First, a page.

after leaving Chattanooga with his return load, he stopped at a 
 
         truck stop on top of Mount Eagle, Tennessee for a couple of hours 
 
         due to rain and later waited approximately three more hours 
 
         because of rain in Franklin, Kentucky.
 
         
 
              When asked at deposition where he first began to experience 
 
         any kind of chest discomfort or any kind of feeling sick, 
 
         claimant answered Hamburg, Indiana on August 8 at 8:30 a.m. 
 
         shortly after breakfast.  Asked further how soon after eating 
 
         breakfast he began to feel symptoms of stomach illness, heartburn 
 
         and difficulty in swallowing, claimant responded that he felt 
 
         that way when he woke up.  He had not felt at all sick when going 
 
         to bed the night before, but was just extremely tired.  Claimant 
 
         indicated that while driving from Hamburg, Indiana, to Oakwood, 
 
         Illinois, he felt symptoms rather like influenza; those symptoms 
 
         persisted between Oakwood and Davenport, although they eased up 
 
         during that leg of the trip.
 
         
 
              Claimant further testified at deposition that he visited 
 
         his wife's parents after supper, staying until approximately 
 
         midnight.  After supper, he felt very ill and very hot with 
 
         sickness to the stomach, heartburn and headache.  He had felt 
 
         perhaps 50 percent better by the time he reached the Davenport 
 
         terminal earlier, and  deteriorated approximately 8:00 p.m.
 
         
 
              Claimant agreed that he had had a relatively light day 
 
         driving before his infarction because of the two lengthy layovers 
 
         due to weather, but further indicated that traffic and road 
 
         conditions were stressful.  The cab of his tractor was air 
 
         conditioned.
 
         
 
              Claimant also described his last trip in an undated letter 
 
         to Dr. Habak.  In that letter he stated that defendant really did 
 
         not want him to take the particular load but finally agreed.
 
         
 
         
 
         
 
         LAFOON v. AMHOF TRUCKING, INC.
 
         Page 6
 
         
 
         
 

 
         
 
 
 
 
 
 
 
 
 
 
 
              Mr. Lafoon's letter further stated:
 
         
 
              After loading I drove to Franklin Ky. through a
 
              bad thunderstorm.  I stayed there till the storm
 
              let up & drove on to Hamburg Ind. & slept for
 
              about 7 hrs.  I left Hamburg Ind. at 8:30 am on
 
              the 8th.  I drove for around 3 1/2 hours & stopped
 
              in Oakwood Ill. where I started feeling sick.
 
              After a 1/2 hr. break I continued home to Dav.  I
 
              got in to the company yard at 5:00  pm.  Went home
 
              & ate a little supper.  My wife wanted to go next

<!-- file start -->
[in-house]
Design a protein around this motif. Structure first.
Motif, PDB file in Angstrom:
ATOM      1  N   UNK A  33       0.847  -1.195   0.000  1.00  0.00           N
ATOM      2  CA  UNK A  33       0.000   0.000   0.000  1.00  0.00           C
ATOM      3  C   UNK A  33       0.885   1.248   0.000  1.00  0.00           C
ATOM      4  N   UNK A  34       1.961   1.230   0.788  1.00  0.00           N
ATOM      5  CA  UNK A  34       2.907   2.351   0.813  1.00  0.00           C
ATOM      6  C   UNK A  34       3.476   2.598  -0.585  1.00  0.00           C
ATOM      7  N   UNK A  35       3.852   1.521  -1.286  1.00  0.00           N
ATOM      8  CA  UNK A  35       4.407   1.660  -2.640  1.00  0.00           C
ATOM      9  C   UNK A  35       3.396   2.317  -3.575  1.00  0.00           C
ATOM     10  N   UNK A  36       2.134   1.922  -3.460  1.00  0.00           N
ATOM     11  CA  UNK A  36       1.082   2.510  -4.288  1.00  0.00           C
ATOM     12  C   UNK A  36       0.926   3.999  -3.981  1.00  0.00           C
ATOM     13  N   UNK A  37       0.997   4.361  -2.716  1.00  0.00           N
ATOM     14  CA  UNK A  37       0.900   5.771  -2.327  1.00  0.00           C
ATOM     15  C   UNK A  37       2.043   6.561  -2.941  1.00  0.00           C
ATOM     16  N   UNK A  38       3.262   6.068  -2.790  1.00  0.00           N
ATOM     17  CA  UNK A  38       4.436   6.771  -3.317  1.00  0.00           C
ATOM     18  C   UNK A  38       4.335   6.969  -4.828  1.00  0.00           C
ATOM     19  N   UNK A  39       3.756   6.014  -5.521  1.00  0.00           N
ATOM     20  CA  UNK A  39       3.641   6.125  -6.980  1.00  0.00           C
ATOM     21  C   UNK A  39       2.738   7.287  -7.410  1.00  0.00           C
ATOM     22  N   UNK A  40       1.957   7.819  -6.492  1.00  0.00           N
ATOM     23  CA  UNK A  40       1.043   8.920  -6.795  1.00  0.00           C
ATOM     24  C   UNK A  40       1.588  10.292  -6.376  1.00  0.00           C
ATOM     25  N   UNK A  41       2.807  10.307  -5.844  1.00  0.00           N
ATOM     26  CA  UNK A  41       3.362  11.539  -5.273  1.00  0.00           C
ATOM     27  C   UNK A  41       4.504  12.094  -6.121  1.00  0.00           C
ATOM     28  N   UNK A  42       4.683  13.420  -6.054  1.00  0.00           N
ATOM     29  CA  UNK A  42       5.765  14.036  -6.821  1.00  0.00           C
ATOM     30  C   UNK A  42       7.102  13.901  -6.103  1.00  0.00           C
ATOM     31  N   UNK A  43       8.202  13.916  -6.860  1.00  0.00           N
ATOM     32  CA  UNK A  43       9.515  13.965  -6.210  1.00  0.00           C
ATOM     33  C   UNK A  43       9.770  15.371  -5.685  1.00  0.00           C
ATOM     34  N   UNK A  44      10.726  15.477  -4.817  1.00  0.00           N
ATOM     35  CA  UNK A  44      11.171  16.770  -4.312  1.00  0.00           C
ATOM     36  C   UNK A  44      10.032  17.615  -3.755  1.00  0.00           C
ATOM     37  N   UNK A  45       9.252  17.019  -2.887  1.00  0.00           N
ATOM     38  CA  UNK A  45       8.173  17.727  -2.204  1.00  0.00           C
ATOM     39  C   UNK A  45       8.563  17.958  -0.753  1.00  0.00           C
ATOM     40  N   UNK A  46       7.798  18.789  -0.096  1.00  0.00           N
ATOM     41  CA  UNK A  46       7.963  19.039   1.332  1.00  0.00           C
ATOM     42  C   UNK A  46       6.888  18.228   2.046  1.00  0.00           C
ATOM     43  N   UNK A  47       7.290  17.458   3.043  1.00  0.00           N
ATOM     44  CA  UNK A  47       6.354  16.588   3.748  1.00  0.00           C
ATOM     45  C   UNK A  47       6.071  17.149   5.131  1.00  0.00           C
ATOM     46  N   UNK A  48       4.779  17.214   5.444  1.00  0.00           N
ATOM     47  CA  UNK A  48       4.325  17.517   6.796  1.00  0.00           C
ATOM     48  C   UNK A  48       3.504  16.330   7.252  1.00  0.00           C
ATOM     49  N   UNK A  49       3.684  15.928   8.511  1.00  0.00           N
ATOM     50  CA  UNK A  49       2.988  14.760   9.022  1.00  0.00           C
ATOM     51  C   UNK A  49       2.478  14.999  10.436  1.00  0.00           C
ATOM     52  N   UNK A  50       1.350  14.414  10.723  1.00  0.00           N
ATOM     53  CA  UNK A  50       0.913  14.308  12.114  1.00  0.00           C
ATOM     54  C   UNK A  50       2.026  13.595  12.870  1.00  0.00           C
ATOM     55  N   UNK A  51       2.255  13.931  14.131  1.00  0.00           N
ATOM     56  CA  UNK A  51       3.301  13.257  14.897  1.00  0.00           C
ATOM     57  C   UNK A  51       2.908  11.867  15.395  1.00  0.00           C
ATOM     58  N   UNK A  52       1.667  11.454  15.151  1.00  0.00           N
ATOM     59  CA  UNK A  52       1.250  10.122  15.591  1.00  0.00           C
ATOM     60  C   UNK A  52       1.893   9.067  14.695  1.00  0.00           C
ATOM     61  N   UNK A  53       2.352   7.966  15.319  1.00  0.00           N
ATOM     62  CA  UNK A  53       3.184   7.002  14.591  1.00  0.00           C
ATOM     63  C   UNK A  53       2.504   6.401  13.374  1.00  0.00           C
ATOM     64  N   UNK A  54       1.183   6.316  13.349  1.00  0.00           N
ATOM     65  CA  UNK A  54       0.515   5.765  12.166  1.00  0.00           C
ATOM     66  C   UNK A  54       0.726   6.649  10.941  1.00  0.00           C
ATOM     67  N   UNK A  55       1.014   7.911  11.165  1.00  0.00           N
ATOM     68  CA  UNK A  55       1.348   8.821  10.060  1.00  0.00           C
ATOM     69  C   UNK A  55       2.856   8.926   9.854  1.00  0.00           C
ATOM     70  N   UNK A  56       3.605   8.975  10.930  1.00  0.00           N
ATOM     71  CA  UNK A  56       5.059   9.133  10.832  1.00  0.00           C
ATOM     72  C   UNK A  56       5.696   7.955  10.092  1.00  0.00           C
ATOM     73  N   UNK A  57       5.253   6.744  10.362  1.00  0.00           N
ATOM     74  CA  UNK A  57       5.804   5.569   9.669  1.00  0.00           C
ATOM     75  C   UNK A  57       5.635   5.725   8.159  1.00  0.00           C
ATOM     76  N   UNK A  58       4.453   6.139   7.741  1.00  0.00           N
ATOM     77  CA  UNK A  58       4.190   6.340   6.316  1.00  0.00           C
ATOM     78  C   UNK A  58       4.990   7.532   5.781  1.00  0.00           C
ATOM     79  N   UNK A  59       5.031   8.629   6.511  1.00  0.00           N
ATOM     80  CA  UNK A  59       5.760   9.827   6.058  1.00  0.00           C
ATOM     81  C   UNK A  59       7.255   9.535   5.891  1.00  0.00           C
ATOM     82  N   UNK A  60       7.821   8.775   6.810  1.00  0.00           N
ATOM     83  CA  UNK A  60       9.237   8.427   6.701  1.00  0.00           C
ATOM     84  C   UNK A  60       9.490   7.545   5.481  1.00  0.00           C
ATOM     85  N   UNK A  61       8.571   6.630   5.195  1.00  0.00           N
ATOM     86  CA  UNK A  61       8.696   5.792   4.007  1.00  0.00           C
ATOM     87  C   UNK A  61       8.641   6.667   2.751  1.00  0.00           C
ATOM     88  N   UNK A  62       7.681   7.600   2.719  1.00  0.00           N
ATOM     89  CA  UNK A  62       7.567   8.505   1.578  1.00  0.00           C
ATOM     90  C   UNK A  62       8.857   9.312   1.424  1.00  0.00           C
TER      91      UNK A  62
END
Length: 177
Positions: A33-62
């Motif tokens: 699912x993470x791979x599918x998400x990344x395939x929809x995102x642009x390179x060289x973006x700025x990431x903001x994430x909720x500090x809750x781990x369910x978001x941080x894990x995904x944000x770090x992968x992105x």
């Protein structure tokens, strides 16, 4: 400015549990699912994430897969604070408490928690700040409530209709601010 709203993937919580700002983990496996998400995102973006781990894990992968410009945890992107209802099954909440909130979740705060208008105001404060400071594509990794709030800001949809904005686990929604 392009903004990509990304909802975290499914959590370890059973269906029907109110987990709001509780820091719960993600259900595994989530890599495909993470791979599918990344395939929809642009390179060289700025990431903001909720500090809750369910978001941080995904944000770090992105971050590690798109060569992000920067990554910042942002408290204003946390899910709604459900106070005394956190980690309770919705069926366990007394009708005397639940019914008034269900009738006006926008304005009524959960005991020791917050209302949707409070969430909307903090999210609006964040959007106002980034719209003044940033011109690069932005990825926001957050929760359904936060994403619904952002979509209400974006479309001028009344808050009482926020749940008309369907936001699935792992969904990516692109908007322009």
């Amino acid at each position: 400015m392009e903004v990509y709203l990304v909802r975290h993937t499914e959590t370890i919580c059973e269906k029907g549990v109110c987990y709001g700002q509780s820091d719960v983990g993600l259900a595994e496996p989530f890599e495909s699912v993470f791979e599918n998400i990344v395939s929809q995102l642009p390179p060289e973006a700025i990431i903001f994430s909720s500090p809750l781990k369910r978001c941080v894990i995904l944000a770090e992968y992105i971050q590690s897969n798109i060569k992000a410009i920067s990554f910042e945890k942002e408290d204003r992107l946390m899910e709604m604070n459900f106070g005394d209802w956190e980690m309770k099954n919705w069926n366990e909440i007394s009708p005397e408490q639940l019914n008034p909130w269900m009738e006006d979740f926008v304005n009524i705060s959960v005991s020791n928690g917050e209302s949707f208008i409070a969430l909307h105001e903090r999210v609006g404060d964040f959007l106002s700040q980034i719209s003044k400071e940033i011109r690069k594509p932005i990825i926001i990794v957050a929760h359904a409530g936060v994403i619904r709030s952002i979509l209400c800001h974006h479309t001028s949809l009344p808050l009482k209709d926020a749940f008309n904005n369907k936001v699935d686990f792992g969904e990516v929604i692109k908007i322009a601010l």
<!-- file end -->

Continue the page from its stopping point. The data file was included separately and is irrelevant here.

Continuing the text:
door to her mothers so we walked over there.
 
              Their house is air cond.  We stayed there & played
 
              a dice game until around 11:00 pm   I was hot &
 
              sick so we walked home.  I was getting ready for
 
              bed when my chest pain got worse & my arms began
 
              getting numb.  My wife then called you.
 
         
 
              Emergency room records of St. Luke's Hospital show that 
 
         claimant appeared at 2:10 a.m. on August 9, 1986.  Initial 
 
         history was obtained of pain starting one hour before:  a heavy 
 
         squeezing sensation.  Chart notes indicated that claimant had 
 
         suffered severe crushing chest discomfort radiating to both arms 
 
         starting around 1:30 a.m., but had otherwise had no recent chest 
 
         discomfort.  A family history was that both parents died of 
 
         myocardial infarctions, as did a brother.  Dr. Habak's impression 
 
         was of severe coronary artery disease with diffuse disease of the 
 
         proximal segment of the right coronary artery culminating in near 
 
         total occlusion and complete occlusion of the circumflex coronary 
 
         artery; also, proximal lesions left anterior descending coronary 
 
         artery estimated at 40-50 percent and 50-60 percent respectively.
 
         
 
              Dr. Habak wrote claimant's attorney on September 25, 1986 
 
         in response to a letter of August 26.  Claimant's history was of 
 
         experiencing intermittent chest discomfort throughout the day 
 
         before admission and that he may have done heavy work loading and 
 
         unloading his truck that morning.  Noting that claimant had 
 
         suffered from a previous myocardial infarction in 1978, Dr. Habak 
 
         stated:
 
         
 
              To answer your question I do not believe that the
 
              patient's employment as a truck drivel lead (sic)
 
              to the coronary artery disease which in turn is
 
              responsible for the patient's heart attack.  It is
 
              possible, however, that the stress involved and
 
              continued heavy work after the onset of symptoms
 
              could have aggravated the patient's heart attack
 
              by imposing additional stress and strain on the
 
              heart and delaying prompt treatment.
 
         
 
         
 
         
 
         LAFOON v. AMHOF TRUCKING, INC.
 
         Page 7
 
         
 

 
         
 
 
 
 
 
 
 
 
 
 
 
         
 
              Dr. Habak's depositions of September 22, 1981 and May 26, 
 
         1989 are in evidence.  Dr. Habak is a board-certified physician 
 
         in internal medicine and cardiovascular disease.